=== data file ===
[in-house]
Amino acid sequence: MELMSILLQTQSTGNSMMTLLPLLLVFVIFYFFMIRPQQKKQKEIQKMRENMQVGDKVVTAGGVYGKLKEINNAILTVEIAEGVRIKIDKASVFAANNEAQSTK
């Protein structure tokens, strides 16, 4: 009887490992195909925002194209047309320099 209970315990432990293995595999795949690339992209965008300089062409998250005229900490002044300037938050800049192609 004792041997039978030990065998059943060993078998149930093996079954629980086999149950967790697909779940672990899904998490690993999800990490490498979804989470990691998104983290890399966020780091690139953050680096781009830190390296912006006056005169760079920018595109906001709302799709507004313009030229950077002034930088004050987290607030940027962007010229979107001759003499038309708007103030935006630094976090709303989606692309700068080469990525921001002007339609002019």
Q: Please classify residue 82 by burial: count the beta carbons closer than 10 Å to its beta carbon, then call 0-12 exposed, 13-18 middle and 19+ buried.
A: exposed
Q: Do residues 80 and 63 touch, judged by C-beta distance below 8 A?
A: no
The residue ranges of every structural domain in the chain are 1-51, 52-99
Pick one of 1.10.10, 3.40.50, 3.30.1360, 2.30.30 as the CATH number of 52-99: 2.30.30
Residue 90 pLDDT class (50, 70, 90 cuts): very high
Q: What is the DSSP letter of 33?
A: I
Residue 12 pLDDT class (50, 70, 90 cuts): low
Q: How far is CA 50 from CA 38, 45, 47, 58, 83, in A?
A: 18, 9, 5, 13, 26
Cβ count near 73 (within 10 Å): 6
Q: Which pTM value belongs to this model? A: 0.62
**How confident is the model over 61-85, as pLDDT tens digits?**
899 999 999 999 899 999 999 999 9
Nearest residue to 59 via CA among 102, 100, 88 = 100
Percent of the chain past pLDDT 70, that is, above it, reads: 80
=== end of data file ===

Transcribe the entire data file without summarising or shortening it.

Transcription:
[in-house]
Amino acid sequence: MELMSILLQTQSTGNSMMTLLPLLLVFVIFYFFMIRPQQKKQKEIQKMRENMQVGDKVVTAGGVYGKLKEINNAILTVEIAEGVRIKIDKASVFAANNEAQSTK
């Protein structure tokens, strides 16, 4: 009887490992195909925002194209047309320099 209970315990432990293995595999795949690339992209965008300089062409998250005229900490002044300037938050800049192609 004792041997039978030990065998059943060993078998149930093996079954629980086999149950967790697909779940672990899904998490690993999800990490490498979804989470990691998104983290890399966020780091690139953050680096781009830190390296912006006056005169760079920018595109906001709302799709507004313009030229950077002034930088004050987290607030940027962007010229979107001759003499038309708007103030935006630094976090709303989606692309700068080469990525921001002007339609002019």
Q: Please classify residue 82 by burial: count the beta carbons closer than 10 Å to its beta carbon, then call 0-12 exposed, 13-18 middle and 19+ buried.
A: exposed
Q: Do residues 80 and 63 touch, judged by C-beta distance below 8 A?
A: no
The residue ranges of every structural domain in the chain are 1-51, 52-99
Pick one of 1.10.10, 3.40.50, 3.30.1360, 2.30.30 as the CATH number of 52-99: 2.30.30
Residue 90 pLDDT class (50, 70, 90 cuts): very high
Q: What is the DSSP letter of 33?
A: I
Residue 12 pLDDT class (50, 70, 90 cuts): low
Q: How far is CA 50 from CA 38, 45, 47, 58, 83, in A?
A: 18, 9, 5, 13, 26
Cβ count near 73 (within 10 Å): 6
Q: Which pTM value belongs to this model? A: 0.62
**How confident is the model over 61-85, as pLDDT tens digits?**
899 999 999 999 899 999 999 999 9
Nearest residue to 59 via CA among 102, 100, 88 = 100
Percent of the chain past pLDDT 70, that is, above it, reads: 80